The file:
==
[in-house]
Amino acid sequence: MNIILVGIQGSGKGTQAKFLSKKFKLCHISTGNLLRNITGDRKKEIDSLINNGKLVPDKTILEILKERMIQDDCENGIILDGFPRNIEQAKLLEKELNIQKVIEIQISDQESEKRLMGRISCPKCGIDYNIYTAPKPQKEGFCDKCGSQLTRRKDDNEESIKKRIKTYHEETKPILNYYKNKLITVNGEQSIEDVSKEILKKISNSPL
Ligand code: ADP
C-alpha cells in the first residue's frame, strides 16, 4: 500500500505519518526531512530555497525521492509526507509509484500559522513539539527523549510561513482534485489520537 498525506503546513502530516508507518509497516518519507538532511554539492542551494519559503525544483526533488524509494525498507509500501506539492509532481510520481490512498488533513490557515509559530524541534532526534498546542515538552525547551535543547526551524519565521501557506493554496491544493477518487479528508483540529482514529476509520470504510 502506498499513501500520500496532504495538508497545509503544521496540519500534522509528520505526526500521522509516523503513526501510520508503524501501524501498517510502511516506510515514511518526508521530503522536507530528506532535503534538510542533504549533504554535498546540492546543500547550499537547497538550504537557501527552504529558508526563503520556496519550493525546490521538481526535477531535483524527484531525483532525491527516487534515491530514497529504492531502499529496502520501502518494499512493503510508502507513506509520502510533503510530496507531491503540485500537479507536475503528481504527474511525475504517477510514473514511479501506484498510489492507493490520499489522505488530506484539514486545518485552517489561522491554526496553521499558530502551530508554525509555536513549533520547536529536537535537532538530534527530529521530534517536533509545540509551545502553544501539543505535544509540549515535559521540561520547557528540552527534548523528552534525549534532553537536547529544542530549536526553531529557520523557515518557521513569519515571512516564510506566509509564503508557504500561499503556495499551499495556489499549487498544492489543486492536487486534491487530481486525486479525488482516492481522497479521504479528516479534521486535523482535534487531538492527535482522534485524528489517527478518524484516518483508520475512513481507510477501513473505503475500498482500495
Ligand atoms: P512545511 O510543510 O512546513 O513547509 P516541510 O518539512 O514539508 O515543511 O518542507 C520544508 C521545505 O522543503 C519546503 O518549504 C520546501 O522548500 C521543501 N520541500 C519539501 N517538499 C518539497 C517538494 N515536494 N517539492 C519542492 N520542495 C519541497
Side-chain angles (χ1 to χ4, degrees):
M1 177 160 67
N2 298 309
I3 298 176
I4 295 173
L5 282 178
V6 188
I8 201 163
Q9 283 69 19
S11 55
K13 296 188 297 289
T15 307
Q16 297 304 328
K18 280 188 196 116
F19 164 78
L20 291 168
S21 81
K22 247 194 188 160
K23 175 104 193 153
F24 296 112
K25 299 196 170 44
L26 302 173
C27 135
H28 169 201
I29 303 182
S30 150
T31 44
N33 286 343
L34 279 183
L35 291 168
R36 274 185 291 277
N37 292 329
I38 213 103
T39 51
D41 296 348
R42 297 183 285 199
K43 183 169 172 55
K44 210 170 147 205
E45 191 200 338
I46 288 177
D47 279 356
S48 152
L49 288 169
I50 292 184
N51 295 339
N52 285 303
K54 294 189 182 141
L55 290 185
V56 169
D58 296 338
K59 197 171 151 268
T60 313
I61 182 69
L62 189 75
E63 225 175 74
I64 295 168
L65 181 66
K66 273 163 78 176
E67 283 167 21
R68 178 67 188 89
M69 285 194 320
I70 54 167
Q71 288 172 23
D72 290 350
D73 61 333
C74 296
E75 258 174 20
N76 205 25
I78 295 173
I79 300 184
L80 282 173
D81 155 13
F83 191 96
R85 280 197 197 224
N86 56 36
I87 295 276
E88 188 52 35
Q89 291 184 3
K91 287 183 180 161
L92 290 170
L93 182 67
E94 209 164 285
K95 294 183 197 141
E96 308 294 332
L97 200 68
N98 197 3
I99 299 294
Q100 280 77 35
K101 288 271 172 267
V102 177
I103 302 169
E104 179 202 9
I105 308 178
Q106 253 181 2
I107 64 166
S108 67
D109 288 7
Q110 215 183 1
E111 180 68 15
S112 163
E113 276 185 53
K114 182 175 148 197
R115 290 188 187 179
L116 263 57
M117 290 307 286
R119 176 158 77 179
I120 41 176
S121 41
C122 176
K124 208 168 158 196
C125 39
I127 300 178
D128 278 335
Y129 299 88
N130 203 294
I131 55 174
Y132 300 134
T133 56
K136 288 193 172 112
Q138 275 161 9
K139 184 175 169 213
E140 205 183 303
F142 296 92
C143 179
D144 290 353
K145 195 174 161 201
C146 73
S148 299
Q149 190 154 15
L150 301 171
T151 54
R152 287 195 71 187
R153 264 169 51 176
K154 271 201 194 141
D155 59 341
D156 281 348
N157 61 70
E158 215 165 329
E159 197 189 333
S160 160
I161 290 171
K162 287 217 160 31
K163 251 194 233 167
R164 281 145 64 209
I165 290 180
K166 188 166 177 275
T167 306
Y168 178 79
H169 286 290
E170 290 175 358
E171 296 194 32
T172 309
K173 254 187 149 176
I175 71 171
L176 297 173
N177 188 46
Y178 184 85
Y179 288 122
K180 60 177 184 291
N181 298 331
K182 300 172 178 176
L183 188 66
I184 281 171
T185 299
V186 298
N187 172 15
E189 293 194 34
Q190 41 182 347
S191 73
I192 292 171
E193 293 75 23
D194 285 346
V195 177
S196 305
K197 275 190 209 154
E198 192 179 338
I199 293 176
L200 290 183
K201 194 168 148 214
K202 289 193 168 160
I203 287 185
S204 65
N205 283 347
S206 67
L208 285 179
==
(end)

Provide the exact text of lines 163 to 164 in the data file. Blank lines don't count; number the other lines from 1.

Y179 288 122
K180 60 177 184 291